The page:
Israel and the asylum seekers

If Israel doesn't send asylum seekers back to the countries they fled from, it deports them to "third countries."

A Sudanese migrant worker in Israel (Photo: Amira_A via Flickr CC).

When Israeli activist Dafna Lichtamn got home from Mozambique two months ago, she had a layover in Addis Ababa airport. Walking around the main Ethiopian airport she suddenly ran into an old friend, Sadik Alsadik, an asylum seeker from Darfur who had spent the past five years in Israel. When Lichtman met him it was his sixth day wondering around the airport.  A few days earlier Alsadik was facing a very difficult decision: he was given the choice to either go to Holot, the new “open” detention facility in the Israeli desert, or to an unnamed “African country”–one of those Israel refers to as “third countries” (meaning not the country of origin nor Israel). Even though never officially confirmed, these “third countries” are well known amongst asylum seekers as referring to Uganda and Rwanda, countries with which Israel keeps cozy relationships. Knowing just how open Holot is really is, Alsadik chose the second option, thinking that means freedom.

When Alsadik found himself on a plane to Ethiopia he assumed that to be the third country. But when he tried to leave the airport he was told by Ethiopian officials that he was scheduled to fly on the next flight to Sudan, the same country he escaped from. Alsadik refused to board the flight that he was told was booked for him in Israel. His luggage in fact, they told him, is already in Khartoum.

For Alsadik going back to Sudan means a death sentence. The danger for him in Sudan is double: not only as a Darfurian but also as someone who came from Israel and can be suspected as an Israeli collaborator. He wanted to leave the airport but wasn’t allowed to, since he didn’t the required documents to enter the country.

Lichtman posted the story on Facebook and Israeli media picked it up. After two more days in Addis Ababa Alsadik was forced to go back to Israel: straight to detention.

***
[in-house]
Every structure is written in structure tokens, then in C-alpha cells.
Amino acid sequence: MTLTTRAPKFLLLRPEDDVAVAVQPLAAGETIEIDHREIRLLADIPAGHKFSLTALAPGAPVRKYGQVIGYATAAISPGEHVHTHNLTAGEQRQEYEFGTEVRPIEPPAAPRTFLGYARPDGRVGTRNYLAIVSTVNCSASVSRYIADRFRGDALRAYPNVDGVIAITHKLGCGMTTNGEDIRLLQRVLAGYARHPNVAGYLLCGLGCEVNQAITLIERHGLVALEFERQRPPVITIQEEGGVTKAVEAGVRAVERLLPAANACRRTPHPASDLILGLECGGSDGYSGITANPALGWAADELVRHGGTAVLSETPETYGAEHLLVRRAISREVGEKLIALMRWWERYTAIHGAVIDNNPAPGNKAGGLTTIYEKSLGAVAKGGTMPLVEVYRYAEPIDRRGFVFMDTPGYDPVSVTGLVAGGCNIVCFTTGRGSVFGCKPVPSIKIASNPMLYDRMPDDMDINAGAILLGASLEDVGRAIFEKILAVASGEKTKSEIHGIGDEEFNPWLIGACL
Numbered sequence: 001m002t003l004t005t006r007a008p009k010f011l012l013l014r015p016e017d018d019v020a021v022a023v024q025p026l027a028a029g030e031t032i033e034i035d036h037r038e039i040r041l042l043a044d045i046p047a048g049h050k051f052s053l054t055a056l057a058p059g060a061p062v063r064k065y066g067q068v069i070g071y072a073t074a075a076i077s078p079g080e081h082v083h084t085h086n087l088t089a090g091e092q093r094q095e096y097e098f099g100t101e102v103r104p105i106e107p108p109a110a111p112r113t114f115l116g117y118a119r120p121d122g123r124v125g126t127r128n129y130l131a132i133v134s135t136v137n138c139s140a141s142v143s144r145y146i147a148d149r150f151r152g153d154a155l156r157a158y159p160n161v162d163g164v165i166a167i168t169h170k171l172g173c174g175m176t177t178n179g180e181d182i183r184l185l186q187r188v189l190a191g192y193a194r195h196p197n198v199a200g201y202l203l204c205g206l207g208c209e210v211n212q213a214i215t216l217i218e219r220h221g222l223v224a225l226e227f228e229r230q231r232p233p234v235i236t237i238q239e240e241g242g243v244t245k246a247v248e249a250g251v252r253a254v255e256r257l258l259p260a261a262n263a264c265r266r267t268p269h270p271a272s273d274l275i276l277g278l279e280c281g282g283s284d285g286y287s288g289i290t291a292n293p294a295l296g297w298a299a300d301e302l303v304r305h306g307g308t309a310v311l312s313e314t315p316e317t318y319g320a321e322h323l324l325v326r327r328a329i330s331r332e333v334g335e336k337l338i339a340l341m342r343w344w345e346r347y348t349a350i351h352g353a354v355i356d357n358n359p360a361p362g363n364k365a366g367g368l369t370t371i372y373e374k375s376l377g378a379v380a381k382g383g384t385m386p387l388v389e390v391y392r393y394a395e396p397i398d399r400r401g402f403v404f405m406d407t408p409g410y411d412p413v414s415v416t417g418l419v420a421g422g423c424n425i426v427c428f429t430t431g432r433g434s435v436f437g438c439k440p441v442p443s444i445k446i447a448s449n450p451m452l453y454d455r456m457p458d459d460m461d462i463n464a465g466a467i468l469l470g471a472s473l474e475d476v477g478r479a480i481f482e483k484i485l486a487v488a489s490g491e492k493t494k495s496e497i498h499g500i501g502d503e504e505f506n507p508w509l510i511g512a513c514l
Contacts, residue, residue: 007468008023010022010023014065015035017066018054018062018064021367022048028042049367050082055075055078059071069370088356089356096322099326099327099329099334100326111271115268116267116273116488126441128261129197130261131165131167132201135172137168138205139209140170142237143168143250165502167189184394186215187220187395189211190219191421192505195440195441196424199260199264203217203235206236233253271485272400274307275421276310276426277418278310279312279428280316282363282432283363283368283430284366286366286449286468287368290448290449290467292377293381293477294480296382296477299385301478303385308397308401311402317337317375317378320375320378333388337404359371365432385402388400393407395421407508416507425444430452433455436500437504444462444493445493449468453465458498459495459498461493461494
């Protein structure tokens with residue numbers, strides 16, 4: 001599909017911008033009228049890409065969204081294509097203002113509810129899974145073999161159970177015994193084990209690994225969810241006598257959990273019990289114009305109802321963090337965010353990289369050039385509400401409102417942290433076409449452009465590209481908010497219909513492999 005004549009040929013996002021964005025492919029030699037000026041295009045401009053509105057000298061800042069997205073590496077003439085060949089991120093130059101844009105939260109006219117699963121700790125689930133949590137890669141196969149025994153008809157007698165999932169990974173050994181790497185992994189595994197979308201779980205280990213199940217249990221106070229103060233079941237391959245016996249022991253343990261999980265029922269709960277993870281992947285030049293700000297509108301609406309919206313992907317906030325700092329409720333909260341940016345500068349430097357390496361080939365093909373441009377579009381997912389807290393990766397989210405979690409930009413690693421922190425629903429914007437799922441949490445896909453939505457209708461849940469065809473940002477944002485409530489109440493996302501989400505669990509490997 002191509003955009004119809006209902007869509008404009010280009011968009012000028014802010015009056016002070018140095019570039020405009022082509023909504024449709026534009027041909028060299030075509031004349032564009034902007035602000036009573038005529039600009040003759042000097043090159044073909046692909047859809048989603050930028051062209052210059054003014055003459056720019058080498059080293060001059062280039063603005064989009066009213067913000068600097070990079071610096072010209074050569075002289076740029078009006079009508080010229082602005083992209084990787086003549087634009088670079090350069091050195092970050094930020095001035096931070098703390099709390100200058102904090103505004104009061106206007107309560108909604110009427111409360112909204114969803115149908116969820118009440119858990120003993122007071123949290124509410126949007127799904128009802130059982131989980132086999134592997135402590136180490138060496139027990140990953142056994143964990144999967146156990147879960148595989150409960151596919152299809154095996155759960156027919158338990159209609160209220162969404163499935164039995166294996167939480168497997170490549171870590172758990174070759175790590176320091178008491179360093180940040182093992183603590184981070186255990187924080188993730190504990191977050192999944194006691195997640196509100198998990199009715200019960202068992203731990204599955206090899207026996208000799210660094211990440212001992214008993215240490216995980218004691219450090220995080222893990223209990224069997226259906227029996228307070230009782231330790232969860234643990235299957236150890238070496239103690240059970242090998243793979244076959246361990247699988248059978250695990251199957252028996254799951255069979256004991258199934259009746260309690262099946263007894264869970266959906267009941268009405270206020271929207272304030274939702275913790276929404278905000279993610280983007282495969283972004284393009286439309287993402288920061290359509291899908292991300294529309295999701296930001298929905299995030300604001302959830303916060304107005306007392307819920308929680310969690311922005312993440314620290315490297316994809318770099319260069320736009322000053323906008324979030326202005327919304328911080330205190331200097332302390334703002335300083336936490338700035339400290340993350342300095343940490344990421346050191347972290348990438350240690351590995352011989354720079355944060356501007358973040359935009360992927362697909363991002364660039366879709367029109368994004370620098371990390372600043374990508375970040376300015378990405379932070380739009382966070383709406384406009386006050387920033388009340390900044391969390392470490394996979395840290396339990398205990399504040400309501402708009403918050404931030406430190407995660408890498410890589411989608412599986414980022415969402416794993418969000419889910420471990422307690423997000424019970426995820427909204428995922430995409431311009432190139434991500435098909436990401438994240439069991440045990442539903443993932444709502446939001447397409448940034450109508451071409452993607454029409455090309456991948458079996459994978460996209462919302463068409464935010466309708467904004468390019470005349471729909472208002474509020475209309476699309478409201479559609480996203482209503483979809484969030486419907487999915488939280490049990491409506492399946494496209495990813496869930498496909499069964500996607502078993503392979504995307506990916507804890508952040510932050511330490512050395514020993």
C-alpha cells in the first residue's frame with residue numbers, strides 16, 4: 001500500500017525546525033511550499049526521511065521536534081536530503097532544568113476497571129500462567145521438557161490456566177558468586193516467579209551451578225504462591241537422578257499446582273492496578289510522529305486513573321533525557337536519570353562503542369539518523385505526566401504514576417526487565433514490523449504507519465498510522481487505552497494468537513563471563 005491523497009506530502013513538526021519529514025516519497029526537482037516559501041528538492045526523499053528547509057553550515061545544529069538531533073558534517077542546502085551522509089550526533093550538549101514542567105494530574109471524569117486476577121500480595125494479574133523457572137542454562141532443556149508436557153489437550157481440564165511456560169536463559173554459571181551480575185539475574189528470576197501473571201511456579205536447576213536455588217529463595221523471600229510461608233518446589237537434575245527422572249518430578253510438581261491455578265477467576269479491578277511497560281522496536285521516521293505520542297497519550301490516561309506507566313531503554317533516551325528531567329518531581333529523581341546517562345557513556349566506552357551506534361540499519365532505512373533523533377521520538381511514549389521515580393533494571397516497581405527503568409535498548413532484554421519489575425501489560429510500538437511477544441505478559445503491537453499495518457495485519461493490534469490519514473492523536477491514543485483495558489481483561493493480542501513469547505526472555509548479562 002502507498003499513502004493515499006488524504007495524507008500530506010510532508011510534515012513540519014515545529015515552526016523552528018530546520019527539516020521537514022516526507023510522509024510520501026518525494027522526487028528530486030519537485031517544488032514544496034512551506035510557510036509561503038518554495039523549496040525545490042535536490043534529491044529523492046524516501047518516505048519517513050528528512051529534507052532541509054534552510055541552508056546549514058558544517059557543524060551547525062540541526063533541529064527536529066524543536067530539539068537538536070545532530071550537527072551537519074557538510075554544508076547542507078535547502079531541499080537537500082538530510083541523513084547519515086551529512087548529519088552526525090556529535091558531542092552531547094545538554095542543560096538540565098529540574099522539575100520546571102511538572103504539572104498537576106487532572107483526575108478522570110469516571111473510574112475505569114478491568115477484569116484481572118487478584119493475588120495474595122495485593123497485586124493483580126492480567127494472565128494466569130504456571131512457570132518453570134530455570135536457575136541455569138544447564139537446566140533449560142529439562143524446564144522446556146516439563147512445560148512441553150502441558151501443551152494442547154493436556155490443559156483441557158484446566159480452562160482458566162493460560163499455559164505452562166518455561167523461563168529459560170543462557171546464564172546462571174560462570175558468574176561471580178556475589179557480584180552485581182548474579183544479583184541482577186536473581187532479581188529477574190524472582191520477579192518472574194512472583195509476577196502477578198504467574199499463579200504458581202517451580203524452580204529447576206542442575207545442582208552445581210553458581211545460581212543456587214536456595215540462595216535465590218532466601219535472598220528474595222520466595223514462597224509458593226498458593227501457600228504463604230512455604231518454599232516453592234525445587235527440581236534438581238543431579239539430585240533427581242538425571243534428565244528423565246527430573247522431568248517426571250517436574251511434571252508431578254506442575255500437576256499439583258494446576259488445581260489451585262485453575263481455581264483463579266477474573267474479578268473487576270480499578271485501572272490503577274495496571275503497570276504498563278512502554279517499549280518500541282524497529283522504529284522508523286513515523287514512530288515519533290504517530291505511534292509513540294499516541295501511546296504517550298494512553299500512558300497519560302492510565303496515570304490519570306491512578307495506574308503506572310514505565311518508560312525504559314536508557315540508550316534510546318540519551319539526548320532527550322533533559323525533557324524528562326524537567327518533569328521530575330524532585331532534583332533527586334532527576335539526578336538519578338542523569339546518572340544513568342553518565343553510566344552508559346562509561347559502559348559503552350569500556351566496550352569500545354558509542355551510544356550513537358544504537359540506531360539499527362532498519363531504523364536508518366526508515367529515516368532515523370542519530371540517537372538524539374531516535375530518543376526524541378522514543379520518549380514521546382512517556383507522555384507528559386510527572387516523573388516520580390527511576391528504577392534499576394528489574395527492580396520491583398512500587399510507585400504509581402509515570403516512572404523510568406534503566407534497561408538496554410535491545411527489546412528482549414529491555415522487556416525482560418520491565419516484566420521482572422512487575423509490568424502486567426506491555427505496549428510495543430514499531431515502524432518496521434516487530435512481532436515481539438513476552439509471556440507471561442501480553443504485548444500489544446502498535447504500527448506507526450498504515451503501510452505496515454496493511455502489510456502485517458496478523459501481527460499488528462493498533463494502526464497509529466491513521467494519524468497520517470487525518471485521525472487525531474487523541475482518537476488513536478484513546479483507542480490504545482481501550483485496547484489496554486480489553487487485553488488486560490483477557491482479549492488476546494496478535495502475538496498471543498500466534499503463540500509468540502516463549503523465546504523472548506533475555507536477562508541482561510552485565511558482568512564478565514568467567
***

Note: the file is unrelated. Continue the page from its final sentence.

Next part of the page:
Since then, human rights organizations in Israel have been trying to assist Alsadik to find a new solution that wouldn’t include him being imprisoned. What made the procedures even more complicated was the fact that since being taken to the airport Alsadik was given a different identity. According to Alsadik, whose own passport was taken from him when he first arrived in Israel, Israeli immigration authority gave him a passport of someone named Ahmed Ibrahim, with which he left Israel. When different activists and journalists, including Galei Zahal radio station, tried to reach Alsadik, while he’s being transferred and detained, they have been told by the immigration authority that there is no such name on its records. They were, however, able to find Alsadik under the name Ahmed Ibrahim.

A month later, another Israeli activist, named Rami Gudovitch, landed in Addis Ababa airport on his way to Uganda. There he met nine Eritreans asylum seekers that had just arrived from Israel. They, too, were told in Addis (against what they knew when they left Israel) that they need to fly to Khartoum. They refused, fearing that from Khartoum they would be deported back to Asmara. They were also accused that they are carrying fake documents. The head of the immigration department at the airport was determined to arrest them. As far as we know, they are still detained in Ethiopia.

As for Alsadik, while spending the last two months in Holot, his lawyers petitioned for his release, basing their argument on the fact Israel is the one that brought him in this time — therefore he is no longer an “infiltrator” under the infiltration law definition.

Alsadik’s hearing took place a week ago in the newly founded appeals tribunal for immigration issues, originally named “the foreigners’ court”. The verdict that was given on Thursday determined that Alsadik is still an infiltrator and he will stay in Holot indefinitely.

Immigration activists who were present in the hearing on Monday report that in response to Alsadik’s lawyer persistence to get an answer to the fake passport question the judge said: “We live in a world of fluid identities.”


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